austin art history

A Brief History of Austin Art

For Austin Texas the history of artists, art galleries, museums, art education and religious art probably began near Zilker park with symbolic pictographs created by shamans before American settlers arrived. These settlers continued this history by making various forms of folk art including quilts, carvings and gravestones. Soon thereafter graffiti art appeared which was usually rendered by soldiers, prostitutes, prisoners and drunkards…oh, my goodness! Much religious artwork and artifacts were displayed in the Spanish Missions. The French, German and Swedish settlers contributed their sacred relics and images to their primitive churches.

Art classes in early public schools employed many of the first artists in Texas. More advanced formal art education began and developed with the advent of the University of Texas, Southwestern University and several other institutions. Elizabet Ney set up a studio in the late 1800’s and made sculptures for the State government and other patrons. Local and visiting painters created portraits of governors, mayors, pastors and many other important citizens from the second half of the 19th century on into the early 20th century. Today much of this work can be found in the State Capitol, at the University of Texas, in other State buildings and in county courthouses and municipal buildings.

During the early to mid 20th century, Texas was home to many great regional artists and quite a few resided and worked in Austin. The Laguna Gloria Museum displayed works by Jerry Bywaters, Everett Spruce and other Texas artists beginning in the 1940’s. Today this venerable institution continues its cultural impact as the Austin Museum of Art.

Traditional Western Art was displayed and sold at the Country Store Gallery in central Austin beginning in the 1960’s. Dalhart Windberg, Porfirio Salinas and many others made their name at the Country Store Gallery.

Dave Hickey, a well known writer and art critic, opened the Clean Well Lighted Space in the 1960’s with a show of Jim Franklin’s art. This gallery featured contemporary artworks including the creations of art professors and instructors from the University of Texas College of Fine Art. Many important Austin artists taught at the University and it’s Fine Art Department greatly expanded in the late 1950’s and through the 1960’s. The talents of Charles Umlauf, Everett Spruce, Constance Forsyth, Robert Levers, Bill White, Loren Mosely, Kelly Fearing, Michael Frary and many others were given to the students and these gifts continued through the 1970’s. The University researched and taught general Art History, Pre-Columbian Art, Art Criticism and Conservation at the H. Ransom Center, Texas Memorial Museum and the Huntington Art Gallery.

Beginning in the late 1960’s and early 1970’s, superior graphic art and illustration decorated live music venues in Austin. Gilbert Shelton, Bill Narum, Jim Franklin, Guy Juke, Danny Garrett, Micael Priest, Ken Featherston, Kerry Awn and others put the best counterculture into the heads of those who loved the Austin music scene. Most of these artists are still ‘blowing’ innocent and experienced minds.

The decade of the 1970’s saw many independent art galleries and some institutions arise and develop, including the Arts Warehouse in downtown Austin and the Juarez/Lincoln Institute and the Carver Museum in east Austin. The Laguna Gloria Museum advanced and enlarged. The Clean Well Lighted Space continued promoting the work and careers of many artists who went on to greater fame. Also, the University’s Fine Art Department hired a new set of artists who advanced Austin art instruction. Some of these artists are: David Deming, Ken Hale, Tim High, Lee Chesney and Peter Saul.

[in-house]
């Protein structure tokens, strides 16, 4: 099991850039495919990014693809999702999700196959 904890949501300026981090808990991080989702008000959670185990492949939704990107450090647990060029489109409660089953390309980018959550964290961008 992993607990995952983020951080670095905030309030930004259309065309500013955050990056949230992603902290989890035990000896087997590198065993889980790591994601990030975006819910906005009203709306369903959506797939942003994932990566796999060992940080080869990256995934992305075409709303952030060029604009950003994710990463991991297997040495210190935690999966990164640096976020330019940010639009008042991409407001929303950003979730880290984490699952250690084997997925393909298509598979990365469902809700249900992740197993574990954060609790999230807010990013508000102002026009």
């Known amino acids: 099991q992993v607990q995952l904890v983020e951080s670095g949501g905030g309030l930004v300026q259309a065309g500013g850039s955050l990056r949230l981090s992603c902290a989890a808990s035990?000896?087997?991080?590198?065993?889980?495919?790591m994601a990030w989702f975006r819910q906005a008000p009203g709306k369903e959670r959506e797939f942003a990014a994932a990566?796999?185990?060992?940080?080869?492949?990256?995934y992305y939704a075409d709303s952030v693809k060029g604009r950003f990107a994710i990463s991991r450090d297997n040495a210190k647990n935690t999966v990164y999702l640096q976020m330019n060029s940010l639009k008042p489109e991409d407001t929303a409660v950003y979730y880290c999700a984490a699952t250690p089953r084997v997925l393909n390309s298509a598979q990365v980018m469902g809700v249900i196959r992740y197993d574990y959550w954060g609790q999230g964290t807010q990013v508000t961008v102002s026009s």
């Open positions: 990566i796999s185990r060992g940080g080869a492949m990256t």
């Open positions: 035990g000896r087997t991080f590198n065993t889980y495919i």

The decade of the 1980’s presented a huge expansion of independent art galleries. Many current established artists and illustrators made their name and actually began selling some art! A gallery list from the 1980’s should include: Mary Patrick Gallery, Data Gallery, Cibola Gallery (Sam Coronado), David Amdur Gallery, Amado Pena Jr. Gallery, Air Gallery (Chuck Cooper), Gallery Sin Fronteras ( Gilbert Carzenas), Women and Their Work, Pro-Jex (Niel Coleman), Lyons/Matrix Gallery, Deborah Roberts Gallery (Black Arts Alliance) and Mexic-Arte Museum (Hispanic art). And the University hired more ‘ringers’ like Bob Yarber and Peter Saul to teach its art students and to ‘feed’ their young heads.

Many of these galleries and museums succeeded and continued into the 1990’s. A list of new galleries in this decade should include: Wally Workman Gallery, Tarrytown Gallery, Davis Gallery (Bill Davis), Mitchie’s Fine Black Art, Laughing at the Sun, Yard Dog and so many other galleries, etc.

Today in the 21st century, Austin Art culture is superb and known worldwide. Austin artists enjoy and benefit from the fame of Austin live music. These artists and galleries provide a supreme level of talent that is very important to Austin citizens and the entire Earth. A list of contemporary Austin artists should include: Sam Yeates, Guy Juke, Sidney Yeager, Fidencio Duran, Connie Arismendi, Julie Speed, Gordon Fowler, Jim Franklin, Deborah Roberts, Sam Coronado and so many others. Many Austin artists are famous worldwide and perhaps are known on distant planets! Currently, art galleries and studios in east Austin, like Blue Genie Studios and the Series Project/Studio provide much of this Art Power. Tours of artist’s studios occur more than once every year. Finally, the Texas Fine Arts Association is promoting New Talent and established artists at their Art House in downtown Austin.

We thank you and please have a good Art Daze!

Michael Levens
October, 2009